On the other hand, by adding an irrelevant sequence such as ‘and true is true’, LLMs focus intensifies on the significant words, thus making a better prediction.

My understanding is that this revealed the importance of domain-relevant fine-tuning. Many domain applications use specific vocabularies. This kind of information can only make sense to the models after fine-tuning. Before that, they were more like random strings in the LLMs’ eyes.

I haven’t found much research on the impact of adding random sequences to the prompt yet, except for some effort to enhance prompt performance by permutation. I’m more concerned about the risks of this new finding. Because the fact that adding a random string can overturn the model prediction is so scary. The author's report didn’t find that the added random strings completely changed the result. Actually, the average performance drop was not significant compared to character- and word-level attacks. But, who knows, probably this feature can be the zero-day bug of the LLM models.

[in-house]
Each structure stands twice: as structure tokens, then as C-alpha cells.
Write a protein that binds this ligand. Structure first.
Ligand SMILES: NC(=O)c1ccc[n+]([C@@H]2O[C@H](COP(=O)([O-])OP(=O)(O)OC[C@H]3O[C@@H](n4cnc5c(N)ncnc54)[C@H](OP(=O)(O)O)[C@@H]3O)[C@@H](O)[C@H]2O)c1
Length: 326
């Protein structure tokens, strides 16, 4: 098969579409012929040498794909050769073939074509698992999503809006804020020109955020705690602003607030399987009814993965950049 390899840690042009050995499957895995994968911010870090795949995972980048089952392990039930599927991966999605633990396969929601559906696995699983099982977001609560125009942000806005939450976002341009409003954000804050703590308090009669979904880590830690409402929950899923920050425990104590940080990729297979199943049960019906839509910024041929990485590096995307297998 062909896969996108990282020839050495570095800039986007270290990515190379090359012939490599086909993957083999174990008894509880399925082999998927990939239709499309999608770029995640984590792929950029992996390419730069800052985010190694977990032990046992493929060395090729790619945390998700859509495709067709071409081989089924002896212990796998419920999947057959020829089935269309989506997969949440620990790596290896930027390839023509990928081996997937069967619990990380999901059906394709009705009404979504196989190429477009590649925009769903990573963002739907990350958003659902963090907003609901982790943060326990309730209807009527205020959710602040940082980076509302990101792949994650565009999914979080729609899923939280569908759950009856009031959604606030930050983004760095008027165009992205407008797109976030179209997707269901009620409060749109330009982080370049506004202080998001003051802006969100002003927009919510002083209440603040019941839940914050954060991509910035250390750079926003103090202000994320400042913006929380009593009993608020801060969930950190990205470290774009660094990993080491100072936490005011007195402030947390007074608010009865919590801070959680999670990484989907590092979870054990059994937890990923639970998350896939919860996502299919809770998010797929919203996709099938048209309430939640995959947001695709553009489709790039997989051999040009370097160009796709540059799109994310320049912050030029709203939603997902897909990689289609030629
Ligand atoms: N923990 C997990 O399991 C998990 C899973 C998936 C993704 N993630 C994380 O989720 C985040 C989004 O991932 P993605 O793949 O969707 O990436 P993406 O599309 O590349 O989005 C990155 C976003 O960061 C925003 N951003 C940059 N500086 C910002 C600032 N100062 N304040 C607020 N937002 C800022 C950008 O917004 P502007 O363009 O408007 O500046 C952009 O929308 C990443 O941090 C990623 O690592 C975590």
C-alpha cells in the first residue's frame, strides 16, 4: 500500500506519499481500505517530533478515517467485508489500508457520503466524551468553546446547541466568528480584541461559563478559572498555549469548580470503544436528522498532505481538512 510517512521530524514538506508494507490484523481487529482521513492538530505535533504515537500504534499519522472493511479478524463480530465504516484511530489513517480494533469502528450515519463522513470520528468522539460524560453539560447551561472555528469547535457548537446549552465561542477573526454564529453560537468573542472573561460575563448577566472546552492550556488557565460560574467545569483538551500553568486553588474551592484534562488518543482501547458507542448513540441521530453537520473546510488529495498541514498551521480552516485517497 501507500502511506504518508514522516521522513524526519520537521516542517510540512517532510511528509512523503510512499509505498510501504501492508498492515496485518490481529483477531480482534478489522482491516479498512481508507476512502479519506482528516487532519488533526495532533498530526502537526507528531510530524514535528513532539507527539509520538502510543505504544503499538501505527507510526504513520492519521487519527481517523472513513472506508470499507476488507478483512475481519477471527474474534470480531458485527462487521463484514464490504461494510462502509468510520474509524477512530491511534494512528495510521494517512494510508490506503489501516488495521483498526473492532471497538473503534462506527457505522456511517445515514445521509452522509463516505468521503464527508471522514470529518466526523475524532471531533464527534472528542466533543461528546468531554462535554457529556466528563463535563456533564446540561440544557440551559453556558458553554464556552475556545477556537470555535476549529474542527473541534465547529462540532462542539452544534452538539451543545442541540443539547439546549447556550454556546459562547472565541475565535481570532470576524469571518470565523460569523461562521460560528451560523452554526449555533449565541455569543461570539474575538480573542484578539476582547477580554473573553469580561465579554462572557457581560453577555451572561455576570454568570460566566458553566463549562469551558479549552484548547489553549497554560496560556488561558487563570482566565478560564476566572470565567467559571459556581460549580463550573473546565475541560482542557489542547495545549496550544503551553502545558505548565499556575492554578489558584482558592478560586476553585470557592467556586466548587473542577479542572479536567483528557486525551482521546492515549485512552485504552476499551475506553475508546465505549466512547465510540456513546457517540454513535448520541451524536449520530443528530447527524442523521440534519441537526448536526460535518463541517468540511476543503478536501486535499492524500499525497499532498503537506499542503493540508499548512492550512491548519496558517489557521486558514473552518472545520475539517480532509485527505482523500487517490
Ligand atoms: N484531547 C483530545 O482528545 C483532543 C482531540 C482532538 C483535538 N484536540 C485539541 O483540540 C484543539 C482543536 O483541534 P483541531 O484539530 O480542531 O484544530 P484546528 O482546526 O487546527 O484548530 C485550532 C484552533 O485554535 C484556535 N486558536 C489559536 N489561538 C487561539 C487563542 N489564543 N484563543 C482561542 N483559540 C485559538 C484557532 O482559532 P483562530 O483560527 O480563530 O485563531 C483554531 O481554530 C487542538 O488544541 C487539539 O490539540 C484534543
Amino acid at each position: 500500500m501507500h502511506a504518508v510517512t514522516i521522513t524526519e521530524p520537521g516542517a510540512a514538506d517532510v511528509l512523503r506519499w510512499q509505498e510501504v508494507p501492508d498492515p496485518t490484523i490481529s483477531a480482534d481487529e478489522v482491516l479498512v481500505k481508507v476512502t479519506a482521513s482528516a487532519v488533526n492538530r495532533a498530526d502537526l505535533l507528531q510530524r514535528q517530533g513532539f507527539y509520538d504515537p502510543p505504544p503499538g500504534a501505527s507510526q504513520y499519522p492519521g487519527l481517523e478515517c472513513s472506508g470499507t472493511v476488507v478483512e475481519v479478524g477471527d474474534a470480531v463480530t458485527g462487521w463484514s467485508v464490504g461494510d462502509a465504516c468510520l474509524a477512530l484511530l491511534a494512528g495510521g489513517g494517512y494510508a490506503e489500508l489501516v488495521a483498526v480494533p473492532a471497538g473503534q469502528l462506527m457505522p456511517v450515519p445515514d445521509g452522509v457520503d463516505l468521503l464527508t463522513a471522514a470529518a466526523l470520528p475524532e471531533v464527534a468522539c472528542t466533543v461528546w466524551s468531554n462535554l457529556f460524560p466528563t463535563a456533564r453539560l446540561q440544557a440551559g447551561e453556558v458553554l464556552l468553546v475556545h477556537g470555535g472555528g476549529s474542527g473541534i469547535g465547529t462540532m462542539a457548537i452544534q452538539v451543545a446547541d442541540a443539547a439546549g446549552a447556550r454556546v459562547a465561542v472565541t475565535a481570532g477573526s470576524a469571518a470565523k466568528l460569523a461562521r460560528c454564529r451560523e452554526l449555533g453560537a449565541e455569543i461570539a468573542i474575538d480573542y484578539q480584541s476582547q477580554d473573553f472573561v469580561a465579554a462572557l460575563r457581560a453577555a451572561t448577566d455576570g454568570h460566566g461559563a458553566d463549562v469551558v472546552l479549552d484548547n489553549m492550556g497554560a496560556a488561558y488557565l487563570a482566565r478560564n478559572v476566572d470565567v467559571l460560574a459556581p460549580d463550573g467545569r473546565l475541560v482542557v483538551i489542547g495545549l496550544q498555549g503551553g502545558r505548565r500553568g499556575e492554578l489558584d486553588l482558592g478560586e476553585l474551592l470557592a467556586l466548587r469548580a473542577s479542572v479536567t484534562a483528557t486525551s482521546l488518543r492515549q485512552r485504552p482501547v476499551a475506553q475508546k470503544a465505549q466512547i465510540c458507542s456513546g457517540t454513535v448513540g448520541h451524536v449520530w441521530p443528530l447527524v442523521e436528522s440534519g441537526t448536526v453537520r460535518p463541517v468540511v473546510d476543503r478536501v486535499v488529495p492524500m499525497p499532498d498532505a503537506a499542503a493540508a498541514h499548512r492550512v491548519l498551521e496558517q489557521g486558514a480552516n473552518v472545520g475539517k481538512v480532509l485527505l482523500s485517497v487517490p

One of the limitations of PromptBench is that it doesn’t support more complicated prompt patterns, like COT, TOT, ReAct, etc. The reason was that it is difficult to apply the same attack strategies to those patterns. However, those advanced use cases are becoming more and more important. I hope it will not take very long before a similar framework is released when people find promptBench necessary.

Generating high-quality NLP permutations is very challenging. One way to make sure the generated new sentences are not too ridiculous is by using a constraint function, as implemented in the underline TextFooler library. It discards the generated samples when the cosine distance between the sample and the original sentence is below a certain value. The other way to do quality assessment, as conducted in the PromptBench, is to do human-checking. The authors reported that they found that over 70% of character- and word-level attacks are human-acceptable. However, both the threshold and the standard of acceptable are subjective. Especially when character- and word-level attacks are the most impactful attack types. It’s reasonable to question: has the generated prompt gone too far away? This is one of the things we need to be aware of when using the library.